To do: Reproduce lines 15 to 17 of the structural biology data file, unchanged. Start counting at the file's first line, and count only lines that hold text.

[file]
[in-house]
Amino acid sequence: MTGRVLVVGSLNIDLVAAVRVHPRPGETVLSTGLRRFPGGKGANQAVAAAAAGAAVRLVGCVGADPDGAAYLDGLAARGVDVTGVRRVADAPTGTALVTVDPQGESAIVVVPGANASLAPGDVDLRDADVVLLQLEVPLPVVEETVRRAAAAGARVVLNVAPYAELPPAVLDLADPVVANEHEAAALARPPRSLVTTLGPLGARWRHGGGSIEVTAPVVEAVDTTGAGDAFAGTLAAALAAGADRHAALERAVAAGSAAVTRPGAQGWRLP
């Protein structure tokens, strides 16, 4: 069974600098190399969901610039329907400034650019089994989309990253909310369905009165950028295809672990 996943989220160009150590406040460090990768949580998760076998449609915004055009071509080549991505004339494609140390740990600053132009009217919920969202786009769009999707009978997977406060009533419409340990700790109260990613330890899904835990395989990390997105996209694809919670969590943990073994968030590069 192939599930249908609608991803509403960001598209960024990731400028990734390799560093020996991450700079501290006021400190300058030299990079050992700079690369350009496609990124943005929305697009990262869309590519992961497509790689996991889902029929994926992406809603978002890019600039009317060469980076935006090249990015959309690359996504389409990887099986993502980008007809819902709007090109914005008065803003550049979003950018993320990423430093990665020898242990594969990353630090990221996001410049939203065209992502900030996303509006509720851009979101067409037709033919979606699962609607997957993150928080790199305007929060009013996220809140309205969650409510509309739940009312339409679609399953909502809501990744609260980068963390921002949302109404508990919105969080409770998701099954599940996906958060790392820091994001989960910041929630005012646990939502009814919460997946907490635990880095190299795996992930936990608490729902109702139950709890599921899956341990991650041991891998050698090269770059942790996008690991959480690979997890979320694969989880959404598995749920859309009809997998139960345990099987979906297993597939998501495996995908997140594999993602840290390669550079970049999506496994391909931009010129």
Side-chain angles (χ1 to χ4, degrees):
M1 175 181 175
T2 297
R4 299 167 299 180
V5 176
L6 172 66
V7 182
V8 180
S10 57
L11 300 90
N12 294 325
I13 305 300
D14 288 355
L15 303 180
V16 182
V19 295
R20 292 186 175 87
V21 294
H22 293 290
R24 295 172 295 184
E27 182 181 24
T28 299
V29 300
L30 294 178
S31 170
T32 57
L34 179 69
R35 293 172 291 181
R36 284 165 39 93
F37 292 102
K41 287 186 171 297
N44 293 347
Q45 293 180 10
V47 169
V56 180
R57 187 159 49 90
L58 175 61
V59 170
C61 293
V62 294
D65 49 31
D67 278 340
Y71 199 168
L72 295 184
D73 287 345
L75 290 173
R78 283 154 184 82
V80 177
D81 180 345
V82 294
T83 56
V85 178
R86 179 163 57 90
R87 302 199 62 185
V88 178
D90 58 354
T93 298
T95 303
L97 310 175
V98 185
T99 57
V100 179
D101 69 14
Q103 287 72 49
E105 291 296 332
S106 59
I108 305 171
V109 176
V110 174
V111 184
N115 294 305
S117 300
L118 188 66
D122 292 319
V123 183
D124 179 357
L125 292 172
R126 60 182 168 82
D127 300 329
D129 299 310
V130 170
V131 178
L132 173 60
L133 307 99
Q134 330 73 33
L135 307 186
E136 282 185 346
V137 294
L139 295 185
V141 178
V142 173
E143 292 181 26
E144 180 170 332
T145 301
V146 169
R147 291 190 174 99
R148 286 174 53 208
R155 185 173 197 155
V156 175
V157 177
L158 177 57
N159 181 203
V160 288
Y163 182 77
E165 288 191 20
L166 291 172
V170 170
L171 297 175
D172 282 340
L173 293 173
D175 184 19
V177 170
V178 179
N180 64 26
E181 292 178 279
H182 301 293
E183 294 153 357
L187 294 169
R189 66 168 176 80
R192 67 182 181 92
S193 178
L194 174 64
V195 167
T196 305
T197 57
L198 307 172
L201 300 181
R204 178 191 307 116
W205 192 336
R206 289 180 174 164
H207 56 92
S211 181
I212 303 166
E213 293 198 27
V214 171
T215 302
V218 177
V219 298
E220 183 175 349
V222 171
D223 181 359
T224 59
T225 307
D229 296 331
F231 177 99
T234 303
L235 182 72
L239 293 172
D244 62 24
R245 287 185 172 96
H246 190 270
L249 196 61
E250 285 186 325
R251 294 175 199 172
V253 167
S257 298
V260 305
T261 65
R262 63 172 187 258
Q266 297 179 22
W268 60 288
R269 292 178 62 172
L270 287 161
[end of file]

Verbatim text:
I13 305 300
D14 288 355
L15 303 180